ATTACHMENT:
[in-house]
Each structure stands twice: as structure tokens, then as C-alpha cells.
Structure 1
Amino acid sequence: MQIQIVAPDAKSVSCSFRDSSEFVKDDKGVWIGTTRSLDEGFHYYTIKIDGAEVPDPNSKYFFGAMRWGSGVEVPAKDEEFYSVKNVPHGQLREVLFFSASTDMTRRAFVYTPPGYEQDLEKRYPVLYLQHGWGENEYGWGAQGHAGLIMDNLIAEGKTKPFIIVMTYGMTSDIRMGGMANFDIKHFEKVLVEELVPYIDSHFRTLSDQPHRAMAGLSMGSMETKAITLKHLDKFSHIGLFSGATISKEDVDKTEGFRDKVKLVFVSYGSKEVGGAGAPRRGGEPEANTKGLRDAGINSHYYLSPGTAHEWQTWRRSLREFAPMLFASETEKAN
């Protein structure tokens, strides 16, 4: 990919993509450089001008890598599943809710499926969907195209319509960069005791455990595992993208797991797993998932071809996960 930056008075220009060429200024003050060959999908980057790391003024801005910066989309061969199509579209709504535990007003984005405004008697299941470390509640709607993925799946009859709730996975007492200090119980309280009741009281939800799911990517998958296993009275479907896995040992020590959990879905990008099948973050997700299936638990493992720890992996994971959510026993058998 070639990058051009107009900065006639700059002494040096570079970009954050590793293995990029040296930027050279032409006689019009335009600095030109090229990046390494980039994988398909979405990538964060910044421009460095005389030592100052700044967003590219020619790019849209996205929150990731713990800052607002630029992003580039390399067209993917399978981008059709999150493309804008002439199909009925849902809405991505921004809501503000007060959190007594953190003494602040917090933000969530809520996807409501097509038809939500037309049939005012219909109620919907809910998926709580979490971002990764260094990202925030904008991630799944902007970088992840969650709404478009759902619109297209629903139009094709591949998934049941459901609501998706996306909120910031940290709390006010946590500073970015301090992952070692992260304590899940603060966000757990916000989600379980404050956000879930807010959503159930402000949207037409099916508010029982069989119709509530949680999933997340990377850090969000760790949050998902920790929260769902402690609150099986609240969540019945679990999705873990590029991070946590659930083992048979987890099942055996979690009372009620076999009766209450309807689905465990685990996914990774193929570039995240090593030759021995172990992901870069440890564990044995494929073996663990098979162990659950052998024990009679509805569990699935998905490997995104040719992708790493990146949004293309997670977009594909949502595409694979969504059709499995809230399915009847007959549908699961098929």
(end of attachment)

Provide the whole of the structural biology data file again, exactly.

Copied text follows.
[in-house]
Each structure stands twice: as structure tokens, then as C-alpha cells.
Structure 1
Amino acid sequence: MQIQIVAPDAKSVSCSFRDSSEFVKDDKGVWIGTTRSLDEGFHYYTIKIDGAEVPDPNSKYFFGAMRWGSGVEVPAKDEEFYSVKNVPHGQLREVLFFSASTDMTRRAFVYTPPGYEQDLEKRYPVLYLQHGWGENEYGWGAQGHAGLIMDNLIAEGKTKPFIIVMTYGMTSDIRMGGMANFDIKHFEKVLVEELVPYIDSHFRTLSDQPHRAMAGLSMGSMETKAITLKHLDKFSHIGLFSGATISKEDVDKTEGFRDKVKLVFVSYGSKEVGGAGAPRRGGEPEANTKGLRDAGINSHYYLSPGTAHEWQTWRRSLREFAPMLFASETEKAN
């Protein structure tokens, strides 16, 4: 990919993509450089001008890598599943809710499926969907195209319509960069005791455990595992993208797991797993998932071809996960 930056008075220009060429200024003050060959999908980057790391003024801005910066989309061969199509579209709504535990007003984005405004008697299941470390509640709607993925799946009859709730996975007492200090119980309280009741009281939800799911990517998958296993009275479907896995040992020590959990879905990008099948973050997700299936638990493992720890992996994971959510026993058998 070639990058051009107009900065006639700059002494040096570079970009954050590793293995990029040296930027050279032409006689019009335009600095030109090229990046390494980039994988398909979405990538964060910044421009460095005389030592100052700044967003590219020619790019849209996205929150990731713990800052607002630029992003580039390399067209993917399978981008059709999150493309804008002439199909009925849902809405991505921004809501503000007060959190007594953190003494602040917090933000969530809520996807409501097509038809939500037309049939005012219909109620919907809910998926709580979490971002990764260094990202925030904008991630799944902007970088992840969650709404478009759902619109297209629903139009094709591949998934049941459901609501998706996306909120910031940290709390006010946590500073970015301090992952070692992260304590899940603060966000757990916000989600379980404050956000879930807010959503159930402000949207037409099916508010029982069989119709509530949680999933997340990377850090969000760790949050998902920790929260769902402690609150099986609240969540019945679990999705873990590029991070946590659930083992048979987890099942055996979690009372009620076999009766209450309807689905465990685990996914990774193929570039995240090593030759021995172990992901870069440890564990044995494929073996663990098979162990659950052998024990009679509805569990699935998905490997995104040719992708790493990146949004293309997670977009594909949502595409694979969504059709499995809230399915009847007959549908699961098929």